Public Policy and the Ongoing Flint Water Crisis: Community Perspectives — Source: Gerald R. Ford School of Public Policy

Learning in Public Policy contexts: Review of “A Guide to Peer-to-Peer Learning” (OECD, 2015)

Bart Doorneweert
Oct 23, 2018 · 7 min read

What if recipients of foreign aid would be directly involved in structuring the way the money is spent? What would policy makers learn about the internet as a public good, if they joined in on hacker community events? How can I work together with my neighbours and my municipality to tackle the problem of speeding traffic in my street?

With such questions in mind, I engaged with“A Guide to Peer-to-Peer Learning”. This guide, targeting learners, and facilitators in the public policy space, is a collaboration between Matt Andrews, professor of Public Policy at Harvard University, and Nick Manning of the World Bank, and .

The reason they’ve compiled a guide is that they see

“a strong current interest to shift the focus for achieving improvements in public organisations and in public service delivery from pre-determined solutions to more applied approaches for supporting reforms in contested and complex contexts”

The guide gives an interesting look at how peer learning is applied in policy making. As part of making the guide, the authors have studied 52 initiatives where civil servants were in some way linked to their civil servant peers in other contexts to learn from each other about policy issues relevant to them.

Based on these initiatives, and their own experience in peer learning facilitation, the authors deconstruct several phases of a peer learning program, which they present as the backbone of peer learning program design:

Phase 1a. Curation of topics,…
The first step is to understand what the important topics are within a group of learners. Here it is essential to base the learning needs assessment on people, and what those people are currently doing.

The guide is a little light on examples, but we’ve found it works well to think of this like brokering connections around topics of active intrerest to people. For larger unconferences, we gather different community ambassadors to find common topics. For smaller, more in-depth programs, we have 45-minute ‘calibration’ calls with every participant, to understand their world and challenges.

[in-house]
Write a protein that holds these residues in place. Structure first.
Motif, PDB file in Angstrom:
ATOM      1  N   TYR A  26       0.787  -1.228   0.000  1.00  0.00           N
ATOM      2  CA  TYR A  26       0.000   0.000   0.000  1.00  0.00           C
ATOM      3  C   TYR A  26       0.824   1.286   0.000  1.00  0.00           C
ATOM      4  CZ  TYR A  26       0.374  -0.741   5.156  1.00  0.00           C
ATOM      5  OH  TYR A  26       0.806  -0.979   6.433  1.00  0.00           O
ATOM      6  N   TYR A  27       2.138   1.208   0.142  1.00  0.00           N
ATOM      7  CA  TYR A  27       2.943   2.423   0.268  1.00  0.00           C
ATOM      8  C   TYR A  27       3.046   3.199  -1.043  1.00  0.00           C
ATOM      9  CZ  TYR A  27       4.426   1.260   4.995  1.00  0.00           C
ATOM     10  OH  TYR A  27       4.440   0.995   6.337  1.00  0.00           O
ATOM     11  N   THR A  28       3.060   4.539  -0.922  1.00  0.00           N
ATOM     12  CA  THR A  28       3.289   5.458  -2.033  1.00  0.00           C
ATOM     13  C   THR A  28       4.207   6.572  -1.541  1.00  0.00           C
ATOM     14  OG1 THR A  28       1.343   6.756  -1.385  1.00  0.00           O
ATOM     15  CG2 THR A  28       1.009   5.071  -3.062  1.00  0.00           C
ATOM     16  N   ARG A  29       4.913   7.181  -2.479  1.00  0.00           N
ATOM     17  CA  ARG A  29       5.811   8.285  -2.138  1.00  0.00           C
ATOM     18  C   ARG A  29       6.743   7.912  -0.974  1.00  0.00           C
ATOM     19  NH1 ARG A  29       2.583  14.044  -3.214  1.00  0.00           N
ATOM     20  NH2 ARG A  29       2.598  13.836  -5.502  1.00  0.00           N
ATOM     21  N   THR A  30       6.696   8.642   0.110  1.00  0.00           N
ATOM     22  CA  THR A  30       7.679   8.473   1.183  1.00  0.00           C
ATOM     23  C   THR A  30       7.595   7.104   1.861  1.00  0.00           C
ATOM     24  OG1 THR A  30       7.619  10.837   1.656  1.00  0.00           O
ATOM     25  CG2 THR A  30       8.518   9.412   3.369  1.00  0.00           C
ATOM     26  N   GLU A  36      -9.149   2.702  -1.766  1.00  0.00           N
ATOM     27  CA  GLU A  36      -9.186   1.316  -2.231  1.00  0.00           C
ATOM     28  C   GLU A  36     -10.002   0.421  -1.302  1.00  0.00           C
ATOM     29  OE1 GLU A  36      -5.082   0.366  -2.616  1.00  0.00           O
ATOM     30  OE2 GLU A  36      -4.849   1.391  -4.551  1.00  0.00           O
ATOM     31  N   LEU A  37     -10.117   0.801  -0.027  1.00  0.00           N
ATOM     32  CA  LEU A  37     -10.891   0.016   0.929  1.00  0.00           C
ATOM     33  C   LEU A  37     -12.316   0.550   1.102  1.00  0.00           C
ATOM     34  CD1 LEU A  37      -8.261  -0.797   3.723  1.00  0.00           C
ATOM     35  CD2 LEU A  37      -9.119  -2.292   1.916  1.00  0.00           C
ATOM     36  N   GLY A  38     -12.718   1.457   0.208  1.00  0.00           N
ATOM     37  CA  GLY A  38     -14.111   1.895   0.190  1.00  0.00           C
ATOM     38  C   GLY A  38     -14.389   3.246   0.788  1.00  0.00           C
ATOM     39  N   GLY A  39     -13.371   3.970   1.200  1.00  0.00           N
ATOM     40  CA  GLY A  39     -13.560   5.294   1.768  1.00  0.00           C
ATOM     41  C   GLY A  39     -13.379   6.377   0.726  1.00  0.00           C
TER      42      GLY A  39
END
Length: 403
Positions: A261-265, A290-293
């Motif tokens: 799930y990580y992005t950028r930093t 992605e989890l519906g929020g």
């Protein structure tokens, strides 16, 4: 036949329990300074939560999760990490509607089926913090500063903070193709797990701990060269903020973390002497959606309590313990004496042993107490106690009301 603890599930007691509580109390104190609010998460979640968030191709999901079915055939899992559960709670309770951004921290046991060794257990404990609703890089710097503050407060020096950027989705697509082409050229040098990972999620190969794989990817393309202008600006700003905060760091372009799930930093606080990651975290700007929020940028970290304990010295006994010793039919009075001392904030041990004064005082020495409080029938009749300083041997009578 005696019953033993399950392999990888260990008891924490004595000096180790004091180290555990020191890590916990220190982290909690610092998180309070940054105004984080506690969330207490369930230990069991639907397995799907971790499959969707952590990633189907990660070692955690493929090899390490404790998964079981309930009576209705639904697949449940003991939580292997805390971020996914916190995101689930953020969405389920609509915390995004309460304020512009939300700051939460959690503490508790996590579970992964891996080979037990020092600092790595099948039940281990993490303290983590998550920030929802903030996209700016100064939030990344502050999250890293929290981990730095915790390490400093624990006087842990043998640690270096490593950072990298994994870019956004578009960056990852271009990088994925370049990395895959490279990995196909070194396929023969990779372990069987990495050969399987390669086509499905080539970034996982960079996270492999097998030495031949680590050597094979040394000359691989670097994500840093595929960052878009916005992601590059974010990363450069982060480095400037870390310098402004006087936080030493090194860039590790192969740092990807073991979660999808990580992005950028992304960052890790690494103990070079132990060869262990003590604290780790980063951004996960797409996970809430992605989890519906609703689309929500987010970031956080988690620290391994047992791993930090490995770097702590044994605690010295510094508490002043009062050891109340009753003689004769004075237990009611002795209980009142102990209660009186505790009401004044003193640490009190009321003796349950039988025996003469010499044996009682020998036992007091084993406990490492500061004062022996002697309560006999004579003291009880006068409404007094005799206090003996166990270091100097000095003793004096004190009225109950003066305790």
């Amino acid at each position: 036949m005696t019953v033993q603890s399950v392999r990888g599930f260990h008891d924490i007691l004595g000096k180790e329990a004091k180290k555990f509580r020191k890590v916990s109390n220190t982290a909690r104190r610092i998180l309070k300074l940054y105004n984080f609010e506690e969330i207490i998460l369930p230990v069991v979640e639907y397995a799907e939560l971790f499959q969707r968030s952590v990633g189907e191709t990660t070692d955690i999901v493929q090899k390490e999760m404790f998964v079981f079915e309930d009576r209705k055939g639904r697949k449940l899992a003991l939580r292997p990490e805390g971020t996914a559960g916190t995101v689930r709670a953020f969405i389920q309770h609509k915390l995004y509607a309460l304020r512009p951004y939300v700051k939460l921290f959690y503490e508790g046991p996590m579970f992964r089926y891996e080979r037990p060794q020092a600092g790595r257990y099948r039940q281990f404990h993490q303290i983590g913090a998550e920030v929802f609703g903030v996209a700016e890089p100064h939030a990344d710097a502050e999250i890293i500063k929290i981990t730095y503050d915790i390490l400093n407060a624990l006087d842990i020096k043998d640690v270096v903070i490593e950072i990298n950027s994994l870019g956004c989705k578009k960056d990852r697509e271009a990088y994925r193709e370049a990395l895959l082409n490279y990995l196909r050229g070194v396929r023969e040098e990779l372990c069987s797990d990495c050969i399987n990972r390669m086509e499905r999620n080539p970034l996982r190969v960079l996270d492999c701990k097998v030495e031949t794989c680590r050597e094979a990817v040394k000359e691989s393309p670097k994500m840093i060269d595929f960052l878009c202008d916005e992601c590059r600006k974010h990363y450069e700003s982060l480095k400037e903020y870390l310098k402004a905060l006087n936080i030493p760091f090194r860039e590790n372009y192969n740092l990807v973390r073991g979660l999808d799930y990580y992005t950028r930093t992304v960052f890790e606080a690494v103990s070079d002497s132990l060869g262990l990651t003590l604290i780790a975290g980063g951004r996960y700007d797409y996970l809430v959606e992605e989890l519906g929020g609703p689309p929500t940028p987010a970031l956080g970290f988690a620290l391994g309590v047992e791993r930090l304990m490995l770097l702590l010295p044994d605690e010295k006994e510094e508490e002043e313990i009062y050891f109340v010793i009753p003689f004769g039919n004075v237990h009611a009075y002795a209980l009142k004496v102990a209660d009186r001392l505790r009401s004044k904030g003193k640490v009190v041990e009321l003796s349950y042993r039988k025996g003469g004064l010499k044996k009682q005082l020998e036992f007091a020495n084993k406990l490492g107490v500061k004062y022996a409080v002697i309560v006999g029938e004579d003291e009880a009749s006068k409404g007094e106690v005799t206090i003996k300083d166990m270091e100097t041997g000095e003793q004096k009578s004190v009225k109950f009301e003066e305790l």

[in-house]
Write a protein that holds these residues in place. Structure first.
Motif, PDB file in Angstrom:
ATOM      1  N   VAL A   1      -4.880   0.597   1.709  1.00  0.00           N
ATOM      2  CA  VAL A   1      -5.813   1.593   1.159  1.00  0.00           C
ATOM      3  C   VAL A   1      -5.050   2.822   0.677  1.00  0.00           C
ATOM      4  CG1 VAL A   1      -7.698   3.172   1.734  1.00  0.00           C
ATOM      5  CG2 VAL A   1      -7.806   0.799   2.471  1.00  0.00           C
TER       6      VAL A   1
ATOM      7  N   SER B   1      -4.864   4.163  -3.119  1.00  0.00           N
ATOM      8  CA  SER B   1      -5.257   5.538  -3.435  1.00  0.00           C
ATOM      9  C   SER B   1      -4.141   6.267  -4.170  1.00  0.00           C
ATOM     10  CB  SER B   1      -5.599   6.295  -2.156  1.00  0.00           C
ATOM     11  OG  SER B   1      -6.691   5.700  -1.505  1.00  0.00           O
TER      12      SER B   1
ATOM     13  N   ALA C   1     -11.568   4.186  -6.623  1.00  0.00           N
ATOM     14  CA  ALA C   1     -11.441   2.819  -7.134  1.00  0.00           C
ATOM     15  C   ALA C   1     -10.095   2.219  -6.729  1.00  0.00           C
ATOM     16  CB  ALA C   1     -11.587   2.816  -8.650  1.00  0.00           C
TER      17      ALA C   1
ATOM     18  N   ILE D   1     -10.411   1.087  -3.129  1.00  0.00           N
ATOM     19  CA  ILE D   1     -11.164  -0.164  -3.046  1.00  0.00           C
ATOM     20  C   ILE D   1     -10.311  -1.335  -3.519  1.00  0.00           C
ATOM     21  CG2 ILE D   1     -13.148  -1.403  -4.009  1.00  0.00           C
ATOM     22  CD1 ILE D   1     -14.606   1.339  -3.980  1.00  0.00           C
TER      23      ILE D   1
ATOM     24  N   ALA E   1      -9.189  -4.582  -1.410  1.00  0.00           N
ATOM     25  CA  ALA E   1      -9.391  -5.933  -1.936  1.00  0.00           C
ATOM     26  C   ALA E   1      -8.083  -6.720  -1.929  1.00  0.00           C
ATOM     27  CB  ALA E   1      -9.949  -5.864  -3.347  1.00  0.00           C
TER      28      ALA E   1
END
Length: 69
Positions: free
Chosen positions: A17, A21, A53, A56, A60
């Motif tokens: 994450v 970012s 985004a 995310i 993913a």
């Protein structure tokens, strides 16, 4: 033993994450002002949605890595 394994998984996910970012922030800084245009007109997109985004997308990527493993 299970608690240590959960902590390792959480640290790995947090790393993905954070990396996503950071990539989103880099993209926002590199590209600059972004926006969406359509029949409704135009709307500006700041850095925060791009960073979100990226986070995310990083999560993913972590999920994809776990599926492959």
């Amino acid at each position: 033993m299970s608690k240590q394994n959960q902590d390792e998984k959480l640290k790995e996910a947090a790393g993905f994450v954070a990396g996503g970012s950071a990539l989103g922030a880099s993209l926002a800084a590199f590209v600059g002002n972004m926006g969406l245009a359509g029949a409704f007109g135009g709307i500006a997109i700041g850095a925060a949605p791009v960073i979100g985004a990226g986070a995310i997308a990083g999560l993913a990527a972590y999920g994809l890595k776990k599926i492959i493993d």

Phase 1b …and then engagement
Once you understand the topics, then you can find ways to draw in wider group of peers, and engage them in the program to start their learning.

The authors only mention the importance of appropriate formats, and tools to support engagement, but unfortunately provide no guidance in this publication. It’s solid advice though, that’s easy to underestimate. For example, it might seem simple and easy to gather a group of 6 entrepreneurs for dinner and have them advice each other, but that often ends up with one person dominating the conversation. Structured formats like Fixer Sessions have been honed to allow delegating complex problems to a multi-disciplinary team of experts, with consistently actionable results.

Phase 2. Ongoing learning, and engagement.
Keeping a rhythm of engagement going is important for learner progress. However the authors research for the guide finds that this is rarely done. Most peer learning initiatives are one-off. Another interesting point about this phase is that initiatives rarely measure the things that peer learning delivers on (eg. relationship building), but rather measure activities, and formal products that result from the learning.

When we built the first Lean Startup communities at Leancamp, we had this exact struggle. The reason is that participants become more aware of the ways they can pull value from the community, and how to deliver value themselves to others. This experience is lost when the event is organised as a one-off, but it was hard to keep momentum in each of our 30 cities. You make all the investments in get the community together, but there’s no awareness building with the participants around optimising the value that the format provides.

Phase 3. Achieving learning outcomes.
For sustained learning, and getting organisational support, the authors argue that comparison of the learning achievement of programs with predefined learning goals important, but comparison is rarely performed.

“Examples of more successful peer learning initiatives are clear about the kinds of peer sharing and learning they hope to generate. However, most peer learning engagements do not specify the details of what kind of learning is expected or hoped for.”

Feedback, and course correction based on feedback has become the basis of how Source conducts peer learning. For different program design, we always tailor feedback systems to support the direction towards the overall program goals. For instance in the Leaders in Innovation Fellowship for the Royal Academy of Engineering, we’ve set up feedback with the learners in such way, that we can monitor whether we’re on track to addressing academic engineers’ entrepreneurial mindset during the delivery. How to really measure if learning happened is one of our main challenges at Source.

Phase 4. Diffusion from the individual to the organisation
In this last phase the focus is on promoting the learning structure that learners have gone through outside of their organisation, and applying those inside.

Our Source alumni are instrumental for propagation of peer learning. We involve alumni as mentors for new participants. For in stance in the online course we developed on African Entrepreneurship, we used insights from interviews with participants to the Africa Prize for Engineering as course material for budding African entrepreneurs to learn from.